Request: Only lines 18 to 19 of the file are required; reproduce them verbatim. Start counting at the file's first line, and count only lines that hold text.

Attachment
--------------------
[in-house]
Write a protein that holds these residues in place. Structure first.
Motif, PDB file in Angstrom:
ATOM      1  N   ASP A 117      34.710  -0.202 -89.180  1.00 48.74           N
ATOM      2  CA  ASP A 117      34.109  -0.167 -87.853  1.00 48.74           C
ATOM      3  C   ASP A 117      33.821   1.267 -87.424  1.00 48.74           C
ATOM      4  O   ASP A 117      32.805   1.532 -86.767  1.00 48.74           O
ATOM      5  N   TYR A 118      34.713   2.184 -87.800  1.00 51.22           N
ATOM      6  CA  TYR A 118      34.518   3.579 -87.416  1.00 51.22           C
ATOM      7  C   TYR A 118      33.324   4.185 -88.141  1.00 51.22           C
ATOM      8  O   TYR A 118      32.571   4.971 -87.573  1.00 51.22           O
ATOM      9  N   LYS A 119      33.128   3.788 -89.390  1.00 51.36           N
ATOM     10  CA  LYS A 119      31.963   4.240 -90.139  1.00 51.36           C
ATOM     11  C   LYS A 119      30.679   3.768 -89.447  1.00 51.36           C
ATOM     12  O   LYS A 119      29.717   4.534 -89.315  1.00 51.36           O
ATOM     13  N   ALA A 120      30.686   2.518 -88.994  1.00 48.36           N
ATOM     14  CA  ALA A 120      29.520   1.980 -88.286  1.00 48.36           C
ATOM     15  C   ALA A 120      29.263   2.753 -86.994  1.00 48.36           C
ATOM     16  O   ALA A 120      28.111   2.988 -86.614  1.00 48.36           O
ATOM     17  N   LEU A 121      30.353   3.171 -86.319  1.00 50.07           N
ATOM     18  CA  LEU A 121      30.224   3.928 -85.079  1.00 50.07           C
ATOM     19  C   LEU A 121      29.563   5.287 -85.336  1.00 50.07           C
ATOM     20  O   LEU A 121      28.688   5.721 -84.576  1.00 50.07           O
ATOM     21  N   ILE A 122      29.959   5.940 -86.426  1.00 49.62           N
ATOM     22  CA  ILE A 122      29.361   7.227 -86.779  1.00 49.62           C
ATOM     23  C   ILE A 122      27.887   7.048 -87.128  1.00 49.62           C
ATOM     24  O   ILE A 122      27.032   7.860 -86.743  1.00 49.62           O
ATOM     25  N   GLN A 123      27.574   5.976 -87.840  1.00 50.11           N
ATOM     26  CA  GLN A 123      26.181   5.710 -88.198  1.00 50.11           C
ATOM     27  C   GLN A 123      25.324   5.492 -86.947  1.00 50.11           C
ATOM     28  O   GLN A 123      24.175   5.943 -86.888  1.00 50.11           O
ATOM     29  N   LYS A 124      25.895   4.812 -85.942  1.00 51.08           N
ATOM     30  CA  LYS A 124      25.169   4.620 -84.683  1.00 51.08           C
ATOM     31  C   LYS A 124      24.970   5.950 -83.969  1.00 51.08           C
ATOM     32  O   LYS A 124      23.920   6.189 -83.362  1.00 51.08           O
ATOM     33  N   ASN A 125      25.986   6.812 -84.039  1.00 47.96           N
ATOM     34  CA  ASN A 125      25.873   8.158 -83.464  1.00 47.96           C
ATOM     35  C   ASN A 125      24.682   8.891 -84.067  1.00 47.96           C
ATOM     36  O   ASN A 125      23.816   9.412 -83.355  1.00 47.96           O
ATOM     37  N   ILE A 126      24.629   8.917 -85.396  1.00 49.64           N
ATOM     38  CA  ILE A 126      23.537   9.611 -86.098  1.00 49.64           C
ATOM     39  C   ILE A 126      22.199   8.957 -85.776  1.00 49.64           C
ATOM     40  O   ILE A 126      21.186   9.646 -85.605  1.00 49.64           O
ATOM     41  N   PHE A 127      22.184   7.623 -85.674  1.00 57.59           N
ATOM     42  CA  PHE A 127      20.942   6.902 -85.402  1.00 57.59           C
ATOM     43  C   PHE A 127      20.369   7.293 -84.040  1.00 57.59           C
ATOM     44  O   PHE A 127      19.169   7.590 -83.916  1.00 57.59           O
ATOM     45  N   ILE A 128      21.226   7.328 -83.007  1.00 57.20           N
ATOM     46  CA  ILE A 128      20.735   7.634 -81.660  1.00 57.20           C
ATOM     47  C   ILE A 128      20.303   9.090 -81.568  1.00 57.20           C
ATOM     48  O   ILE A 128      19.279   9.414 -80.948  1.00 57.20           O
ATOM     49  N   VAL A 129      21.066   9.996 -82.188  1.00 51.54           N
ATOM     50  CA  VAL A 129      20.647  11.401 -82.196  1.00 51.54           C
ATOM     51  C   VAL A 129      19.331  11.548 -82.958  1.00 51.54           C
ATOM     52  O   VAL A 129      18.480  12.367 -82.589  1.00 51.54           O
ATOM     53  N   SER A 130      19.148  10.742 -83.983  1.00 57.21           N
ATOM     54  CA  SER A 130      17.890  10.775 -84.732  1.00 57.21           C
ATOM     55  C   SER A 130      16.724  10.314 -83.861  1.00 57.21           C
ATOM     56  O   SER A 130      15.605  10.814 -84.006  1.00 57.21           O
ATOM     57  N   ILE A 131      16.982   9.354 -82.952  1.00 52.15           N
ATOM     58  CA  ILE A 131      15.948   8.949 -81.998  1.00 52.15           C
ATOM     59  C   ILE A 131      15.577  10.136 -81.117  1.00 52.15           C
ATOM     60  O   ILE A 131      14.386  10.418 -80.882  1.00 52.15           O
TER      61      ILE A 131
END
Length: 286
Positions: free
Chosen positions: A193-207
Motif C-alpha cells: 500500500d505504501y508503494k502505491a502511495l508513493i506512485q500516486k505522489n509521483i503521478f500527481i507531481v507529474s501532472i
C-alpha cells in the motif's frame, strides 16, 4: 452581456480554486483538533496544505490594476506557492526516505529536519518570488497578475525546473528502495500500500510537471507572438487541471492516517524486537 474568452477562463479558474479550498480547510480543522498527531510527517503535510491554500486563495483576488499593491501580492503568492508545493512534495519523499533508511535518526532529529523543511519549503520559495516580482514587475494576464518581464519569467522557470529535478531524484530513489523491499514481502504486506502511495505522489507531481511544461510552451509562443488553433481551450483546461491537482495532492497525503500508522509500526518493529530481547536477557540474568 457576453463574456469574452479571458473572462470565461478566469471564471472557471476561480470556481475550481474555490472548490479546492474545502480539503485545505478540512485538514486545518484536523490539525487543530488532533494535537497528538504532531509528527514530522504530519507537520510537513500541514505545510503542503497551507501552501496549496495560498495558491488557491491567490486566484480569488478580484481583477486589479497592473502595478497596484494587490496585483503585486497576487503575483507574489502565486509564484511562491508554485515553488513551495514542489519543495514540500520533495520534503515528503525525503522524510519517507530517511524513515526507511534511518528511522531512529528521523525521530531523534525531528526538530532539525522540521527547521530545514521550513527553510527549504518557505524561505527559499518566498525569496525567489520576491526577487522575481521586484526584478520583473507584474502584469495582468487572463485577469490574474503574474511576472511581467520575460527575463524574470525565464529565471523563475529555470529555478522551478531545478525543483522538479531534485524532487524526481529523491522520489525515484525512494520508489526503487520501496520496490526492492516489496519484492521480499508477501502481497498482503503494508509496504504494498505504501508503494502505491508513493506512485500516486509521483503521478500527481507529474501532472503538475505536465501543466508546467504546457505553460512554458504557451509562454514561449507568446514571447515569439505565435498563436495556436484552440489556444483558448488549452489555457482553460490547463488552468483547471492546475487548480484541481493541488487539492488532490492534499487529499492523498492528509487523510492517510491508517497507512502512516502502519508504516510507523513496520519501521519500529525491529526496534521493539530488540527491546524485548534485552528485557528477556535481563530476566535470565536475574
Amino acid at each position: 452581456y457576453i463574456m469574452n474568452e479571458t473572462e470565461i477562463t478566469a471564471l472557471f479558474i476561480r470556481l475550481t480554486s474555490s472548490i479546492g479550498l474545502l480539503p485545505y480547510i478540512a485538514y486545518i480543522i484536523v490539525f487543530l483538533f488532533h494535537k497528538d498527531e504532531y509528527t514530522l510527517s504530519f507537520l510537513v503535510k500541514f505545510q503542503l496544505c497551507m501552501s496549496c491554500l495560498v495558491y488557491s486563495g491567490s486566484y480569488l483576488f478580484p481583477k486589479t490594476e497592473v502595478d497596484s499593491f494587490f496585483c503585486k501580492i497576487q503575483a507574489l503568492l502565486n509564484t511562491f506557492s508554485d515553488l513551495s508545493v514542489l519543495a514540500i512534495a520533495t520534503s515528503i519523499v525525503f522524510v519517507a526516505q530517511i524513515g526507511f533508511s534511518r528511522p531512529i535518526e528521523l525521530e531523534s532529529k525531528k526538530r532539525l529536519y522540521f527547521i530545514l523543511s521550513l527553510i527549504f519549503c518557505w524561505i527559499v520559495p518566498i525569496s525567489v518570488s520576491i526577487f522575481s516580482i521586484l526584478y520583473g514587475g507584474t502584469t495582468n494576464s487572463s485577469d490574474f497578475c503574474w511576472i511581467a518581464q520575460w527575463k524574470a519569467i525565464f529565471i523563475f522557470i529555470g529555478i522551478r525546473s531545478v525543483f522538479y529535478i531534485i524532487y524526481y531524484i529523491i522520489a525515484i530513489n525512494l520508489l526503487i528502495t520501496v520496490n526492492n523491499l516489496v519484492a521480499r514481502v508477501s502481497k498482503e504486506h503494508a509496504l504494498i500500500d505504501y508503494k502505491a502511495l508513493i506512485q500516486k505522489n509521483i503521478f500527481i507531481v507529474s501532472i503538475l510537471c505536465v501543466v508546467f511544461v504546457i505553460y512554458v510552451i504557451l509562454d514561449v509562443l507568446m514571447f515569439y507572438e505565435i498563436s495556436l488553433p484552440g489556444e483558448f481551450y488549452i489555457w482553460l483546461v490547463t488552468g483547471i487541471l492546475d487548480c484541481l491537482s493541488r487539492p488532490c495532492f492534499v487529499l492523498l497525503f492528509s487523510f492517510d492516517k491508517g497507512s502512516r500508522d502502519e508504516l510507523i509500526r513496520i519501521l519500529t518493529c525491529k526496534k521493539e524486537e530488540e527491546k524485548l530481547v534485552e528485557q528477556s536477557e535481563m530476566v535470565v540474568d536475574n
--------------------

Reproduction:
ATOM     15  C   ALA A 120      29.263   2.753 -86.994  1.00 48.36           C
ATOM     16  O   ALA A 120      28.111   2.988 -86.614  1.00 48.36           O